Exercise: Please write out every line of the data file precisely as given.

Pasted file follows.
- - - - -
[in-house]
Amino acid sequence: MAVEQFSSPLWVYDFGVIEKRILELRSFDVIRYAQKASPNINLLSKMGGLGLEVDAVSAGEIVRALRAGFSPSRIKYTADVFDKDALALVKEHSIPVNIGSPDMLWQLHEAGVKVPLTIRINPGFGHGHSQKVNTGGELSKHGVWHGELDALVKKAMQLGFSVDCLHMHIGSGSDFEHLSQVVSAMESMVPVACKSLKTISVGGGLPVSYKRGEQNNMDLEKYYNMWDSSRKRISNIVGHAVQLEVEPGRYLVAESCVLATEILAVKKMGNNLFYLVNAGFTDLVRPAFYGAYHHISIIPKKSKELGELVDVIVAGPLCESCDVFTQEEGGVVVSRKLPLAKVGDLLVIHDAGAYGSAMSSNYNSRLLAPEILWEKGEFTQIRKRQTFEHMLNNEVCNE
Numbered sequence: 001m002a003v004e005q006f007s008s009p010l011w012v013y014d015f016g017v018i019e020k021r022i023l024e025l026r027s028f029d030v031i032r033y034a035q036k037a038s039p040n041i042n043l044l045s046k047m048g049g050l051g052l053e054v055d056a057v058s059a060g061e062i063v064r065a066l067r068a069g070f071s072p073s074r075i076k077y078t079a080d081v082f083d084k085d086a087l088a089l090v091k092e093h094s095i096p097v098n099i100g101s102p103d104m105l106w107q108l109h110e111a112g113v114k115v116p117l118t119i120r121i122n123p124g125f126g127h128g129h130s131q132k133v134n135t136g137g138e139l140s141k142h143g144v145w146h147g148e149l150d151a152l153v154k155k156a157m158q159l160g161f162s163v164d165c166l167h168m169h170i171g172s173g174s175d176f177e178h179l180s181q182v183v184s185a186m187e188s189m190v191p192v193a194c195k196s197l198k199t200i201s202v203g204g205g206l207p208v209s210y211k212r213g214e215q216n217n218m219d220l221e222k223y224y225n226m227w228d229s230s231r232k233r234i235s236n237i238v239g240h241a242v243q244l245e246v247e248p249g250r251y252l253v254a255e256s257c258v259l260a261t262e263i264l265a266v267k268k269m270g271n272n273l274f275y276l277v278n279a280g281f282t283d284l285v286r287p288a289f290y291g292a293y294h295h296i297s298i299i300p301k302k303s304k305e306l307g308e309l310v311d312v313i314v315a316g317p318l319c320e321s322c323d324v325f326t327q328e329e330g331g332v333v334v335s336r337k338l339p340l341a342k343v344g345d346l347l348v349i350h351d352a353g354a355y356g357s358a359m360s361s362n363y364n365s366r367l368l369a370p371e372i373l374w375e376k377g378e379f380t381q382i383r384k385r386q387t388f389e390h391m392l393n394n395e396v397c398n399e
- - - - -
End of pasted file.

[in-house]
Amino acid sequence: MAVEQFSSPLWVYDFGVIEKRILELRSFDVIRYAQKASPNINLLSKMGGLGLEVDAVSAGEIVRALRAGFSPSRIKYTADVFDKDALALVKEHSIPVNIGSPDMLWQLHEAGVKVPLTIRINPGFGHGHSQKVNTGGELSKHGVWHGELDALVKKAMQLGFSVDCLHMHIGSGSDFEHLSQVVSAMESMVPVACKSLKTISVGGGLPVSYKRGEQNNMDLEKYYNMWDSSRKRISNIVGHAVQLEVEPGRYLVAESCVLATEILAVKKMGNNLFYLVNAGFTDLVRPAFYGAYHHISIIPKKSKELGELVDVIVAGPLCESCDVFTQEEGGVVVSRKLPLAKVGDLLVIHDAGAYGSAMSSNYNSRLLAPEILWEKGEFTQIRKRQTFEHMLNNEVCNE
Numbered sequence: 001m002a003v004e005q006f007s008s009p010l011w012v013y014d015f016g017v018i019e020k021r022i023l024e025l026r027s028f029d030v031i032r033y034a035q036k037a038s039p040n041i042n043l044l045s046k047m048g049g050l051g052l053e054v055d056a057v058s059a060g061e062i063v064r065a066l067r068a069g070f071s072p073s074r075i076k077y078t079a080d081v082f083d084k085d086a087l088a089l090v091k092e093h094s095i096p097v098n099i100g101s102p103d104m105l106w107q108l109h110e111a112g113v114k115v116p117l118t119i120r121i122n123p124g125f126g127h128g129h130s131q132k133v134n135t136g137g138e139l140s141k142h143g144v145w146h147g148e149l150d151a152l153v154k155k156a157m158q159l160g161f162s163v164d165c166l167h168m169h170i171g172s173g174s175d176f177e178h179l180s181q182v183v184s185a186m187e188s189m190v191p192v193a194c195k196s197l198k199t200i201s202v203g204g205g206l207p208v209s210y211k212r213g214e215q216n217n218m219d220l221e222k223y224y225n226m227w228d229s230s231r232k233r234i235s236n237i238v239g240h241a242v243q244l245e246v247e248p249g250r251y252l253v254a255e256s257c258v259l260a261t262e263i264l265a266v267k268k269m270g271n272n273l274f275y276l277v278n279a280g281f282t283d284l285v286r287p288a289f290y291g292a293y294h295h296i297s298i299i300p301k302k303s304k305e306l307g308e309l310v311d312v313i314v315a316g317p318l319c320e321s322c323d324v325f326t327q328e329e330g331g332v333v334v335s336r337k338l339p340l341a342k343v344g345d346l347l348v349i350h351d352a353g354a355y356g357s358a359m360s361s362n363y364n365s366r367l368l369a370p371e372i373l374w375e376k377g378e379f380t381q382i383r384k385r386q387t388f389e390h391m392l393n394n395e396v397c398n399e